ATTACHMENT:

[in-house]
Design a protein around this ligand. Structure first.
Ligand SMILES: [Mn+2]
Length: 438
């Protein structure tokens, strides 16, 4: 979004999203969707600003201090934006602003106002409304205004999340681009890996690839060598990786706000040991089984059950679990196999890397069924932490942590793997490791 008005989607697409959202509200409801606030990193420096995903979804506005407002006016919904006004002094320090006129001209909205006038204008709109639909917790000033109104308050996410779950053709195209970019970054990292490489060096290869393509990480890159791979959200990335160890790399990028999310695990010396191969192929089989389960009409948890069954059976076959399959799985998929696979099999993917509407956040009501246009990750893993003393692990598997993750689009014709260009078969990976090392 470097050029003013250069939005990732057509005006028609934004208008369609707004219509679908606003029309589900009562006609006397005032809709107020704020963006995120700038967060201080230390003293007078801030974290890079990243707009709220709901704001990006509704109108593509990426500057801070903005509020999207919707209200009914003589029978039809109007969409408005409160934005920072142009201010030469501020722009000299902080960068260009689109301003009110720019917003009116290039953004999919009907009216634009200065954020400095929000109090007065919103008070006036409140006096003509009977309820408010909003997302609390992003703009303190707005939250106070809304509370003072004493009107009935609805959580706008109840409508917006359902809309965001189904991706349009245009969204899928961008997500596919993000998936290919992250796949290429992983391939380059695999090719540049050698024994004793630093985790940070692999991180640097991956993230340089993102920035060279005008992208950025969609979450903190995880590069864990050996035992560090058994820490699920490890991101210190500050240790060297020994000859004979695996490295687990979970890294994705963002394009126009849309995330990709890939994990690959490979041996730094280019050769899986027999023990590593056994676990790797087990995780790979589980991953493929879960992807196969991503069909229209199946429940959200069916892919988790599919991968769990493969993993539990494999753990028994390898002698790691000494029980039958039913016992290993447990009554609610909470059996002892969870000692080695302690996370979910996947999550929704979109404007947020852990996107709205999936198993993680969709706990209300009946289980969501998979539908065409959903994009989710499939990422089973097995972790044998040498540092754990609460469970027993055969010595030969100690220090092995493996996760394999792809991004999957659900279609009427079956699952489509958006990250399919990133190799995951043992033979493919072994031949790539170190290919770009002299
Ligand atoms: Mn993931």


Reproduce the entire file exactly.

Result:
[in-house]
Design a protein around this ligand. Structure first.
Ligand SMILES: [Mn+2]
Length: 438
């Protein structure tokens, strides 16, 4: 979004999203969707600003201090934006602003106002409304205004999340681009890996690839060598990786706000040991089984059950679990196999890397069924932490942590793997490791 008005989607697409959202509200409801606030990193420096995903979804506005407002006016919904006004002094320090006129001209909205006038204008709109639909917790000033109104308050996410779950053709195209970019970054990292490489060096290869393509990480890159791979959200990335160890790399990028999310695990010396191969192929089989389960009409948890069954059976076959399959799985998929696979099999993917509407956040009501246009990750893993003393692990598997993750689009014709260009078969990976090392 470097050029003013250069939005990732057509005006028609934004208008369609707004219509679908606003029309589900009562006609006397005032809709107020704020963006995120700038967060201080230390003293007078801030974290890079990243707009709220709901704001990006509704109108593509990426500057801070903005509020999207919707209200009914003589029978039809109007969409408005409160934005920072142009201010030469501020722009000299902080960068260009689109301003009110720019917003009116290039953004999919009907009216634009200065954020400095929000109090007065919103008070006036409140006096003509009977309820408010909003997302609390992003703009303190707005939250106070809304509370003072004493009107009935609805959580706008109840409508917006359902809309965001189904991706349009245009969204899928961008997500596919993000998936290919992250796949290429992983391939380059695999090719540049050698024994004793630093985790940070692999991180640097991956993230340089993102920035060279005008992208950025969609979450903190995880590069864990050996035992560090058994820490699920490890991101210190500050240790060297020994000859004979695996490295687990979970890294994705963002394009126009849309995330990709890939994990690959490979041996730094280019050769899986027999023990590593056994676990790797087990995780790979589980991953493929879960992807196969991503069909229209199946429940959200069916892919988790599919991968769990493969993993539990494999753990028994390898002698790691000494029980039958039913016992290993447990009554609610909470059996002892969870000692080695302690996370979910996947999550929704979109404007947020852990996107709205999936198993993680969709706990209300009946289980969501998979539908065409959903994009989710499939990422089973097995972790044998040498540092754990609460469970027993055969010595030969100690220090092995493996996760394999792809991004999957659900279609009427079956699952489509958006990250399919990133190799995951043992033979493919072994031949790539170190290919770009002299
Ligand atoms: Mn993931």